In part 3 of this little series, let’s talk a bit about keeping yourself on track!
The Virtue of Self-Discipline
Our day jobs provide (or inflict upon) us some degree of structure. Some people have jobs that are very flexible in many ways, others not so much. But as a general rule, we’re expected to show up a certain amount of time and do or produce something for our pay. Bosses are there to yell at us if we don’t.
When you shift over to writing full-time, just as with many other self-owned businesses, that boss goes away. Poof. You can now do just about anything you want, as long as it’s legal. Don’t feel like rolling out of bed until noon? No problem! Just want to wear PJs and bunny slippers all day? You can do that.
Writing? Well, yeah, I do need to get back to work on that book, but I feel like playing Call of Duty on the PS3 today. All day. And all night. I’ll do some writing later. Oh, wait, somebody just mentioned me on Twitter. Or maybe someone posted something on a forum that has you all fired up, and you spent half a dozen hours during the day voicing your opinion. The fact that you just wrote as many words as you usually need for a chapter in your latest book escapes you…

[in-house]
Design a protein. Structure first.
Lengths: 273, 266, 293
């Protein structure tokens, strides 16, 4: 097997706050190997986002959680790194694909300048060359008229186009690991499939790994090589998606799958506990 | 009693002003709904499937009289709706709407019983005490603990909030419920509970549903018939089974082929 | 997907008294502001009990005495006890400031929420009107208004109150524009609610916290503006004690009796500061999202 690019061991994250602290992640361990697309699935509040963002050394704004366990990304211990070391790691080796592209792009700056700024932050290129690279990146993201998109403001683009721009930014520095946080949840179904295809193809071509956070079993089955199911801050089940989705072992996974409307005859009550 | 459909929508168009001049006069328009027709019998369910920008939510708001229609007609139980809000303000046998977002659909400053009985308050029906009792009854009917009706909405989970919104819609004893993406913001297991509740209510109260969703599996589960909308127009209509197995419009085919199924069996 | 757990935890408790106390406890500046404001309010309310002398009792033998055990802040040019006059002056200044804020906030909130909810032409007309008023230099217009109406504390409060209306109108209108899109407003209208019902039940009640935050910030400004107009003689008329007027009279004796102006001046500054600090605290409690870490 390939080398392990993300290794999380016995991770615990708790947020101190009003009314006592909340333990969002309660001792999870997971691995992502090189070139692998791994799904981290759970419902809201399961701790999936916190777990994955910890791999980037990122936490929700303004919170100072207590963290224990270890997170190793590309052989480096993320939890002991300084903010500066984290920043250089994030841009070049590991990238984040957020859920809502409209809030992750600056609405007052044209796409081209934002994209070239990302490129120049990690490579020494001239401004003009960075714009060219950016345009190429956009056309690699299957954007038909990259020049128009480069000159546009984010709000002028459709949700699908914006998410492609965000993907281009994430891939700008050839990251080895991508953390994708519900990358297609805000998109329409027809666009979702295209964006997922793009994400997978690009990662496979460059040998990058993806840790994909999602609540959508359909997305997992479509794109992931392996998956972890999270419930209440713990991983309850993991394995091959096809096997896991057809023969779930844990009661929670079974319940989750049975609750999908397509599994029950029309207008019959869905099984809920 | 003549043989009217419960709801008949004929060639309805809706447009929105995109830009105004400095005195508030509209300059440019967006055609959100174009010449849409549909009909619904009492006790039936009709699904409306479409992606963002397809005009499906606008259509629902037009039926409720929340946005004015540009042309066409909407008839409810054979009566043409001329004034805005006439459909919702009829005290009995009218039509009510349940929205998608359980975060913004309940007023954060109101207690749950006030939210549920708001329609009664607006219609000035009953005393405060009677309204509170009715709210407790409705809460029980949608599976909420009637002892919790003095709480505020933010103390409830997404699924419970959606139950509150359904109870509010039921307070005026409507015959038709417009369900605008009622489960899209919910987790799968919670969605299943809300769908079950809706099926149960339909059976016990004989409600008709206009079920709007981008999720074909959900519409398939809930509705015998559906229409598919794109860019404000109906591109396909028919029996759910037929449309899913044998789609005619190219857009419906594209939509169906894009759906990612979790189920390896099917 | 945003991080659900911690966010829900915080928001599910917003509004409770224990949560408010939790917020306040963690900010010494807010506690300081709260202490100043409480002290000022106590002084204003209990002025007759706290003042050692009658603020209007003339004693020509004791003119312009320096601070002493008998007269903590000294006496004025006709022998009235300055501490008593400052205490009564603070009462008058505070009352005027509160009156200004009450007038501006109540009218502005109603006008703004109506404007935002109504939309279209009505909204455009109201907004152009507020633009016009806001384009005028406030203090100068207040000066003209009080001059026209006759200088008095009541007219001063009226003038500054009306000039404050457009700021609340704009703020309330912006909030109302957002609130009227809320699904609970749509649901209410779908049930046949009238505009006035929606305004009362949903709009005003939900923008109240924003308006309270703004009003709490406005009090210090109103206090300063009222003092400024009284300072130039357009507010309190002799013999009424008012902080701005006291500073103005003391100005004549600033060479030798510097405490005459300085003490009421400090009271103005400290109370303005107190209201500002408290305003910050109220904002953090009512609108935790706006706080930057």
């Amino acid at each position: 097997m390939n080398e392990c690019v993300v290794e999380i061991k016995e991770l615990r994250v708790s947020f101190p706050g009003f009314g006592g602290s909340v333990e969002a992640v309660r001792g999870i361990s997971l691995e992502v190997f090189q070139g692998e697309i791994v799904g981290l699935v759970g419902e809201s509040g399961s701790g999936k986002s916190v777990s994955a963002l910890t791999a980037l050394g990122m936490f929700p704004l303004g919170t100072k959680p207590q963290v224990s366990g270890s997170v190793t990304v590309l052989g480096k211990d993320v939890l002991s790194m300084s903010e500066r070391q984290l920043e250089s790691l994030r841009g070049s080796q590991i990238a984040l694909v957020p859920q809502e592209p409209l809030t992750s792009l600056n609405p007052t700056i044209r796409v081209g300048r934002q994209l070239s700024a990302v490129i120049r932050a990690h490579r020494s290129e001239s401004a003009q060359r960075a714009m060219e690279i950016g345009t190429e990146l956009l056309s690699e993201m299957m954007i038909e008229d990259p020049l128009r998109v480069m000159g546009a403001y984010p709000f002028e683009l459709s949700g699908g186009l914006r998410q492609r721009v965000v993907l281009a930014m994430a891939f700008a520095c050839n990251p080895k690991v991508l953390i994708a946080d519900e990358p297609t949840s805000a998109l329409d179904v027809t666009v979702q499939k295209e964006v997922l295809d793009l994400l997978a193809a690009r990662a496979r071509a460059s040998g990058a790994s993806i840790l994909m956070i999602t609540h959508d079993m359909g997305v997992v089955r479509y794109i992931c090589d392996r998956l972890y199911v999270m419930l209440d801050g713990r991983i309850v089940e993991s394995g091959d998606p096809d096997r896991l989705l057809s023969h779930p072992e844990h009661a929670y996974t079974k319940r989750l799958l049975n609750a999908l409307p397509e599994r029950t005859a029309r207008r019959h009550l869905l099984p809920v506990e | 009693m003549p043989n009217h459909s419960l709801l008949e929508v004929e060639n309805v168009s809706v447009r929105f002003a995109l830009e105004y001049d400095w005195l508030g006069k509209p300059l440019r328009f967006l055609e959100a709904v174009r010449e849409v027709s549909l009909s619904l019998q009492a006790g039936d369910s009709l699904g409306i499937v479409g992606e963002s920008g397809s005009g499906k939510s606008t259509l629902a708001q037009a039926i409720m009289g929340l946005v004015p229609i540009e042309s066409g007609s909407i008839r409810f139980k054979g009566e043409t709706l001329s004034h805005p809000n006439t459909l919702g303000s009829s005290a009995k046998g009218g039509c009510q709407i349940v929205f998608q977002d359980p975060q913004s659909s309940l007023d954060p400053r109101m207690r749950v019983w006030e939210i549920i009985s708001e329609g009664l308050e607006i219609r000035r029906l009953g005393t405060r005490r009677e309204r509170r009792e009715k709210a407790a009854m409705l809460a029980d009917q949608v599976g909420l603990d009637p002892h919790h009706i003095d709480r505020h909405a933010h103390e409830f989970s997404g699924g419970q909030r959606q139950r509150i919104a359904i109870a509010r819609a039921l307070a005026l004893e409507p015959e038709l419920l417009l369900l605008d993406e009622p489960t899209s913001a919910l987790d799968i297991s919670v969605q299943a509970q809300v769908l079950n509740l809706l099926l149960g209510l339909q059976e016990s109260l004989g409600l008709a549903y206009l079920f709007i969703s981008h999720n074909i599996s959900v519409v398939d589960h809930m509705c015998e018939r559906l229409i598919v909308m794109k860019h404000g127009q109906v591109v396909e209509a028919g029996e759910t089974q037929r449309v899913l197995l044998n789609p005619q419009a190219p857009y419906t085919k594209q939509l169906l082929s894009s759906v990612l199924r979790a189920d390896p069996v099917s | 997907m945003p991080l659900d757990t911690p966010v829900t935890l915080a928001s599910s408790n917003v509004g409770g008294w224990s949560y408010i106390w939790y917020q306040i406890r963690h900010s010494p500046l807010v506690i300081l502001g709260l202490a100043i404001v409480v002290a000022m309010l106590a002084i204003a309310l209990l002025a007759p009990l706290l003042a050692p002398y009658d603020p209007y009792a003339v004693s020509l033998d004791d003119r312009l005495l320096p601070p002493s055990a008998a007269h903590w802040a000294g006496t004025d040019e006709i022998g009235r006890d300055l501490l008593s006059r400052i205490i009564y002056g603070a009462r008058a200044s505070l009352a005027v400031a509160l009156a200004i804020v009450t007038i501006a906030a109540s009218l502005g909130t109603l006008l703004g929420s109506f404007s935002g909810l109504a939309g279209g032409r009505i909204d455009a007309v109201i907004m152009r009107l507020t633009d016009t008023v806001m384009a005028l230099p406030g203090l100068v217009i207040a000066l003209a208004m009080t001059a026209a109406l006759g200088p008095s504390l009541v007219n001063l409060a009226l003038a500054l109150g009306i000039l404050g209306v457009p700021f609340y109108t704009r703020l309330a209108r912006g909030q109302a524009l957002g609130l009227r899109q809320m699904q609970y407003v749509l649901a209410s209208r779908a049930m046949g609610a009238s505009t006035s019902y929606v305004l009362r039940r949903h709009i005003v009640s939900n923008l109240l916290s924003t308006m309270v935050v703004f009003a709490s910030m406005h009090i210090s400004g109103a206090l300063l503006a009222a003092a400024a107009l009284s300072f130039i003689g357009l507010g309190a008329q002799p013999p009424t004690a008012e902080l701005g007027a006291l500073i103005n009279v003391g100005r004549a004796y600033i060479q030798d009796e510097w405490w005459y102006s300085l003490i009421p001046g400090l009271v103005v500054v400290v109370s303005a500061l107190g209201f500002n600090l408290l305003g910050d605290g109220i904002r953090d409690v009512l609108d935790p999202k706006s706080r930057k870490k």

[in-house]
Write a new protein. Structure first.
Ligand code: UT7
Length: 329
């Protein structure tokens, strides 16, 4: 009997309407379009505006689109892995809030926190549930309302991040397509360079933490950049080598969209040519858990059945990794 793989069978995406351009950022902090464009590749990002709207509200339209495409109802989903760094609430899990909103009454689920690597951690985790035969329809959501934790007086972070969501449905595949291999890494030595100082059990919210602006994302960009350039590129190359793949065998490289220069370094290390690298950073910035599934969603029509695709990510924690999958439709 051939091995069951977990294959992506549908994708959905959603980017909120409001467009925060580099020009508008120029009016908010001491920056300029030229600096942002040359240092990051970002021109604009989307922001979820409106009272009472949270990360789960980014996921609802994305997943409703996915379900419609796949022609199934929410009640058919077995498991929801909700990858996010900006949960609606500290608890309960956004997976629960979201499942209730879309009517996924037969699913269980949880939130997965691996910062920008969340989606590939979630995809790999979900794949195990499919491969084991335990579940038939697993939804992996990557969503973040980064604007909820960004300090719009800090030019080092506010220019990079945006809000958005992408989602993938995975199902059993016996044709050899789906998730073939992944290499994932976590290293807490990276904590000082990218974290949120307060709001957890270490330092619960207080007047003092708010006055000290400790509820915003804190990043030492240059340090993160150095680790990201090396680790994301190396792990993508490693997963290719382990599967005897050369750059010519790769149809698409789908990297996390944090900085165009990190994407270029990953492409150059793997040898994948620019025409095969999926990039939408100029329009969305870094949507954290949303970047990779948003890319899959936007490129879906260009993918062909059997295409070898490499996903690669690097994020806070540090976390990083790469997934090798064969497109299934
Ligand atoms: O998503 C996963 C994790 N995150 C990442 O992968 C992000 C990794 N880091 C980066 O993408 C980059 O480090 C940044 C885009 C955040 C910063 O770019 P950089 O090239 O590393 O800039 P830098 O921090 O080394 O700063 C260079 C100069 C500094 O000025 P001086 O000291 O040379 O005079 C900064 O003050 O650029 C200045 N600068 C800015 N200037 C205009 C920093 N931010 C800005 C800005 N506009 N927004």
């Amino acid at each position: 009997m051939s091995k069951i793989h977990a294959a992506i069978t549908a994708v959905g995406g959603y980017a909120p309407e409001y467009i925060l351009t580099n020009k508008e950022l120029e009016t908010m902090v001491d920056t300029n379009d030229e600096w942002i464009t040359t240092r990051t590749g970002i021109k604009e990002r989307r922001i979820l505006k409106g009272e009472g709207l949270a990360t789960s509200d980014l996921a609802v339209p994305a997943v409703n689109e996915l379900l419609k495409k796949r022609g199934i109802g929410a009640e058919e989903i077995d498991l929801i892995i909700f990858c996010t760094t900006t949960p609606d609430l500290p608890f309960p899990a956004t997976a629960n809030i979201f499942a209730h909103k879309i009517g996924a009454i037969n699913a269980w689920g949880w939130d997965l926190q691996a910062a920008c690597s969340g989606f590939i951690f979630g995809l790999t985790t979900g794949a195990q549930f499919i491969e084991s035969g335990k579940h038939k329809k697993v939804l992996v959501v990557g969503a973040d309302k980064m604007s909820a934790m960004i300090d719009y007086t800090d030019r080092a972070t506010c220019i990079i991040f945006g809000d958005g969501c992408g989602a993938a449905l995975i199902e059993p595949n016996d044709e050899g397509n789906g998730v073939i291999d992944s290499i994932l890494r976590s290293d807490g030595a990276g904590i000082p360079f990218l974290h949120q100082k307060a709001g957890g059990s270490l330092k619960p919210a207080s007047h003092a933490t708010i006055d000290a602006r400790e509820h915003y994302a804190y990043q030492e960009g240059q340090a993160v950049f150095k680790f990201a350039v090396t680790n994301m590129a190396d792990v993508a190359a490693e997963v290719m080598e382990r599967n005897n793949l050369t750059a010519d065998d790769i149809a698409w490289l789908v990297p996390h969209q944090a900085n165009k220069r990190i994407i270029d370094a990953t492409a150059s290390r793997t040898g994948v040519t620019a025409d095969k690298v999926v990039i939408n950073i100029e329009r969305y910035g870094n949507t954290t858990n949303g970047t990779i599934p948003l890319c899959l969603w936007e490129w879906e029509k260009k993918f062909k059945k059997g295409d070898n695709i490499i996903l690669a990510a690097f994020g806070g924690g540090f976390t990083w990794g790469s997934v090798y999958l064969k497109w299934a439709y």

You can see where I’m going, right? When you start working at home for the first time, your enemies will become the distractions that (presumably) you were largely insulated from while at your day job. It’s up to you to build an insulating layer and give yourself enough structure to be successful. And, at least in the beginning, you may have to be absolutely merciless on yourself to develop success-oriented habits.
Make no mistake: being a self-published author, with your royalties as your primary or sole source of income, can be scary. It’s all on you. Your creativity. Your ability to market your work. Your ability to run a business. There are times when you have to be ruthless on yourself, when you can’t let yourself go to bed until you’ve finished that next chapter or you’ll blow your self-imposed deadline. Or maybe you’ll run out of money.
So, one of the first things you have to do is establish whatever structure and self-discipline will help you achieve success. Set office hours when you’ll be available to communicate with folks on-line or on the phone, or can have meetings in person. Fence off certain hours for writing, and nothing short of a family emergency is to interrupt that time (you’re at work, remember?). Set daily goals for productivity, and deadlines for reaching milestones in your writing. Then hold yourself to them.
I’ll confess that I’m still struggling with this. I have a goal of writing 3,000 words a day (including new text on my next novel, blogs, etc.). Some days I make it, some I don’t. Keeping myself accountable to that goal is often dicey, but it’s one that I keep hammering away on. Because if I don’t focus on improving over time, my chances of long-term success dwindle significantly. There are some days when I just don’t feel like writing. But that’s okay, because there’s always something else you can be doing, as long as it furthers your business of being an author.
In our next and final installment, we’ll talk a bit about Socializing and Taking Time Out…